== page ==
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Medical center town hall meeting

Employee survey, accomplishments shared

Editors' note: The medical center will sponsor the final town hall meetings at the Ashley River Tower Auditorium, 11 a.m. March 18 and 3 p.m. March 19.
Stuart Smith, vice president for operations and executive director of MUSC medical center, reviewed topics to be discussed in the 45-minute agenda: Quarterly organizational goals update; Ambulatory Care and IOP examples of best practices using MUSC Excellence initiatives; updates to action plans and Employee Perspective Survey results; summary of realignment (backfill) utilization plan for the university hospital; and review activities connected to move/opening of ART.

Service—Serving the public with compassion, respect and excellence
Organizational goals update
  • Service—Increase patient satisfaction (inpatient and ambulatory) to 75th percentile
  • People—Continue to reduce annualized turnover of Medical Center employees to 11 percent. Currently at 9.6 percent but leaders are cautious because of ART new hires.
  • Quality—Decrease mortality index to .80
  • Finance—Achieve an operating margin of 3 percent: the goal is currently at 3.5 percent. Supply expenses per adjusted discharge is not on track with the goal.
  • Growth—Improvements needed to increase patient admissions (Currently at  0.4 percent of 7 percent goal). Outpatient visits is currently on track.
Ambulatory Care patient satisfaction accomplishments
Dave Neff, Ambulatory Care administrator, gave an update on the success of MUSC Excellence and Ambulatory Care. As the pilot department that embraced the MUSC Excellence initiative back in 2005, the department provided many examples of successful best practices to share with employees.
Ambulatory Care attributes its success with its focus on patient and staff satisfaction. They believe there is a defining connection between patient and employee/physician satisfaction.
Ambulatory Care has progressed from the 45th percentile (fiscal year 2005) to 62nd percentile (FY2007) and 75th percentile (January). By mid-February, the organization achieved the 80th percentile of its organizational goal.
Staff are committed to creating a positive and motivating work environment that’s supportive to hardwiring behaviors and encourages employees with the consistent use of AIDET (Acknowledge, Introduce, Duration, Explanation and Thank You) and other Press Ganey satisfaction tools and techniques.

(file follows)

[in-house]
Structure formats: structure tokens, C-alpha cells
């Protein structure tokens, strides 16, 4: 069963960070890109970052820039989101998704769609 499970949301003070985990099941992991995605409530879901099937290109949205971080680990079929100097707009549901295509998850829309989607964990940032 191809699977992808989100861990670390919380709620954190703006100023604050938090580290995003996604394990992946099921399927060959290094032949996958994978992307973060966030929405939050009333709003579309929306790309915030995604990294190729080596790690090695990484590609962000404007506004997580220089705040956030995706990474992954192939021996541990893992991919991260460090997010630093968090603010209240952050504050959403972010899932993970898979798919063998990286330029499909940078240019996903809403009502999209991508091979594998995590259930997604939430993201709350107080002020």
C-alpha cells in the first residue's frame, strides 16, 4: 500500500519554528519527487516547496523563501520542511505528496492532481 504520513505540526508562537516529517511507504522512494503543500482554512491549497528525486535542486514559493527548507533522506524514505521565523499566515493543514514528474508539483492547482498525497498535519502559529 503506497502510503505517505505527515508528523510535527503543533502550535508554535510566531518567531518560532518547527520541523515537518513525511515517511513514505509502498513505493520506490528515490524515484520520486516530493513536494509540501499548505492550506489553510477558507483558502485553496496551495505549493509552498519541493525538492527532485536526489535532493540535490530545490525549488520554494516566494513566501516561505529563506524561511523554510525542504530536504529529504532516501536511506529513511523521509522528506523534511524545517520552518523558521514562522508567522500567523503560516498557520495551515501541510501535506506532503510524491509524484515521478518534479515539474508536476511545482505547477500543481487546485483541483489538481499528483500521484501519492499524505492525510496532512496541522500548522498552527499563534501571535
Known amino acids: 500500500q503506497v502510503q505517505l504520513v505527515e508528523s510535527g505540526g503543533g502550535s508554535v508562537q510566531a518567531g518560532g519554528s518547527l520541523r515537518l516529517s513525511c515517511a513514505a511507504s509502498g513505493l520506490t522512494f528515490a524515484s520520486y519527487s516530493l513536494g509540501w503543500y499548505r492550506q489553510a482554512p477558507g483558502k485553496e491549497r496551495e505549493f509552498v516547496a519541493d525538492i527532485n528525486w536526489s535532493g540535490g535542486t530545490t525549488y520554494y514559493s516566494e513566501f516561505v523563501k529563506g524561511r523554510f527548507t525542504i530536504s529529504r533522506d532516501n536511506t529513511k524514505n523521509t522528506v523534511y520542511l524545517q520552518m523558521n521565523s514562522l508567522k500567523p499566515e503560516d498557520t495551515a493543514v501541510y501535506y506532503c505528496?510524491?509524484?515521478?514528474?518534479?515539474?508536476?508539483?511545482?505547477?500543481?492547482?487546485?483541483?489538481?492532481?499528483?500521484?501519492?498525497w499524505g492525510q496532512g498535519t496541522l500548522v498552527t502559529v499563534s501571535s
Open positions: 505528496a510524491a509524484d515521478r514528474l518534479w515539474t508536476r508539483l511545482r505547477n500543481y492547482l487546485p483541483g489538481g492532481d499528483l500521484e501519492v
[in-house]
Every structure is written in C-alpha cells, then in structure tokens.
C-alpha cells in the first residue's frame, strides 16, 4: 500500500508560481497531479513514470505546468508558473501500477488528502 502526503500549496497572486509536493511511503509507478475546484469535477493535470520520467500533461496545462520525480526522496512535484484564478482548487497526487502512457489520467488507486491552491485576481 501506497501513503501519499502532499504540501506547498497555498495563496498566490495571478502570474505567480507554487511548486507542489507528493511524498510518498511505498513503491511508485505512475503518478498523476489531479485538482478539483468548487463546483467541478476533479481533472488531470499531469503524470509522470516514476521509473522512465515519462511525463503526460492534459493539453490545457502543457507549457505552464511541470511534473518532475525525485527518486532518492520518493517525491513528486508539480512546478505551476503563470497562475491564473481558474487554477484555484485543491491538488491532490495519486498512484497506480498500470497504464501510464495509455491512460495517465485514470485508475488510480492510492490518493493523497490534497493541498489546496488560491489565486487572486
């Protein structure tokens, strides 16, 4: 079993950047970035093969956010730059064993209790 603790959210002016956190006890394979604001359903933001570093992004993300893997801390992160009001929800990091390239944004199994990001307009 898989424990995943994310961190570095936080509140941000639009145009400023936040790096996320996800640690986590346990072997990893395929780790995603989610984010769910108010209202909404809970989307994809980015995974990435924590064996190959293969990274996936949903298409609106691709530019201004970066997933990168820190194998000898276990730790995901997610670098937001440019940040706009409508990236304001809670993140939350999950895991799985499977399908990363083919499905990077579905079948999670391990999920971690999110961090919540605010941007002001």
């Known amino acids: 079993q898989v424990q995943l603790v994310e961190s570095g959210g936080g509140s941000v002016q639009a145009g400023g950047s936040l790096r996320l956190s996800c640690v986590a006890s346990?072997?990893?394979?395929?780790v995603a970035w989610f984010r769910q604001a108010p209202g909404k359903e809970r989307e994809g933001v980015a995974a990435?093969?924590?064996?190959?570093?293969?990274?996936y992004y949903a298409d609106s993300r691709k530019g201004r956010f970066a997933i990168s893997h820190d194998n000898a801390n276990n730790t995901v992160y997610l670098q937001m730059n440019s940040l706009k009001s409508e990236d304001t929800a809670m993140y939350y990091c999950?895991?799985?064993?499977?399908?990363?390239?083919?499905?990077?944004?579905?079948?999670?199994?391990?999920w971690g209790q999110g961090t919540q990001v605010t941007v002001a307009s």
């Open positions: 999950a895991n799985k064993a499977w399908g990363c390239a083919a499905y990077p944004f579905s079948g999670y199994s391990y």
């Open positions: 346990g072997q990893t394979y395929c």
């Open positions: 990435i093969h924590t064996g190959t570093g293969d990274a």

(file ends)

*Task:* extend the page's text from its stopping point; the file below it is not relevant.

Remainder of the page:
In 2007, Ambulatory Care staff motivated employees using thank you notes, I’m an essential piece pins, new employee welcomes, etc., supports rounding for outcomes, communications practices and teamwork initiatives featuring daily team huddles and accountability practices.

IOP Patient Satisfaction Accomplishments—Youth Inpatient (2North)
Karen McHugh, R.N., nurse manager of the Child Adolescent unit (2North) addressed employees with their journey toward Excellence which began last April.    Staff, working with service chief Mark Wagner, M.D., assistant professor in the Department of Psychiatry and Behavioral Sciences, initiated ideas that included new interventions in this child adolescent unit serving patients, ages 3-18. They included: improvements to discharge process (phone calls, survey-discharge room, etc.); use of AIDET in meetings involving staff and patients; improvements to waiting rooms and other common areas; use of child team packets and suggestion boxes to aid in feedback.
By October 2007, the area’s scores jumped to the 82nd percentile and by January their scores reached the 92nd percentile.
McHugh attributes to the unit's success with use of AIDET, use of a new patient discharge process and support from physicians/nurse managers and staff teamwork.

People—Fostering employee pride and loyalty